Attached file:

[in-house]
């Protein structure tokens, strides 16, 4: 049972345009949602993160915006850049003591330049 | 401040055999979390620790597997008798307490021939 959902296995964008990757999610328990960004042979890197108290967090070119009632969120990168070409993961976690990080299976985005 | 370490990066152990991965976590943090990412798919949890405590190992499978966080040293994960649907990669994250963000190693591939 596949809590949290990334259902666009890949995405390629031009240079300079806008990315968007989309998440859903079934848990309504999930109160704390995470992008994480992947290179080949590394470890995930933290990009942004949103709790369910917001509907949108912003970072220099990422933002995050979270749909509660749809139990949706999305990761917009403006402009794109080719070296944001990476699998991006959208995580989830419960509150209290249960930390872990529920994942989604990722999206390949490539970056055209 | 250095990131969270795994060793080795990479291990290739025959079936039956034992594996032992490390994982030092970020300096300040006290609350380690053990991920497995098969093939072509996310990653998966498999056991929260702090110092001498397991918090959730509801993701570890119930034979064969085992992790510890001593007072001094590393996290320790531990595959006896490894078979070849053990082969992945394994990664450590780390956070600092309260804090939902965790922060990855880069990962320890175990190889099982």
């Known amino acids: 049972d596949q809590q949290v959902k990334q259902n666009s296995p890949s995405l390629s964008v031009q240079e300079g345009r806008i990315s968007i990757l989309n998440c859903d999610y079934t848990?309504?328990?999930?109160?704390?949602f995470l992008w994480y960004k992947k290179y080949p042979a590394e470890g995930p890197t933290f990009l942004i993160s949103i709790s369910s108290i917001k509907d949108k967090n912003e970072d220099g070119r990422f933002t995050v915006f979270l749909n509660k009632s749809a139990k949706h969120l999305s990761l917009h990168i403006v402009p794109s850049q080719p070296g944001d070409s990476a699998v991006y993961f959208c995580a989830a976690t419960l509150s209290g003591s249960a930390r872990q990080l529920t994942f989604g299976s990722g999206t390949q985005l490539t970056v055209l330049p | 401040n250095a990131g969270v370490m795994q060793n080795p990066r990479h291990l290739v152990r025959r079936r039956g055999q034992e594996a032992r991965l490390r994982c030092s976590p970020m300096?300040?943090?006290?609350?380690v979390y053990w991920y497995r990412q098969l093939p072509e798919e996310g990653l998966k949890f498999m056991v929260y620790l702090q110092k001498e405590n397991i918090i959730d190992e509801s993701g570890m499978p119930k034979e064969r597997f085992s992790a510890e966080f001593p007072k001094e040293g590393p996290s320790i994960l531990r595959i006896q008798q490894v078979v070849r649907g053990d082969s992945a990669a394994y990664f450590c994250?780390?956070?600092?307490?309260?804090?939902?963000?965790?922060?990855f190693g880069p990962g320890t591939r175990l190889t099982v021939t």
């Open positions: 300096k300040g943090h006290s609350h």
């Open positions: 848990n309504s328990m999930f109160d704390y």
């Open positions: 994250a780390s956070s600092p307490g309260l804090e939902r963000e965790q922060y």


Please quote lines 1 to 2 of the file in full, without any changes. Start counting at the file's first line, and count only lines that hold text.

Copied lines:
[in-house]
């Protein structure tokens, strides 16, 4: 049972345009949602993160915006850049003591330049 | 401040055999979390620790597997008798307490021939 959902296995964008990757999610328990960004042979890197108290967090070119009632969120990168070409993961976690990080299976985005 | 370490990066152990991965976590943090990412798919949890405590190992499978966080040293994960649907990669994250963000190693591939 596949809590949290990334259902666009890949995405390629031009240079300079806008990315968007989309998440859903079934848990309504999930109160704390995470992008994480992947290179080949590394470890995930933290990009942004949103709790369910917001509907949108912003970072220099990422933002995050979270749909509660749809139990949706999305990761917009403006402009794109080719070296944001990476699998991006959208995580989830419960509150209290249960930390872990529920994942989604990722999206390949490539970056055209 | 250095990131969270795994060793080795990479291990290739025959079936039956034992594996032992490390994982030092970020300096300040006290609350380690053990991920497995098969093939072509996310990653998966498999056991929260702090110092001498397991918090959730509801993701570890119930034979064969085992992790510890001593007072001094590393996290320790531990595959006896490894078979070849053990082969992945394994990664450590780390956070600092309260804090939902965790922060990855880069990962320890175990190889099982």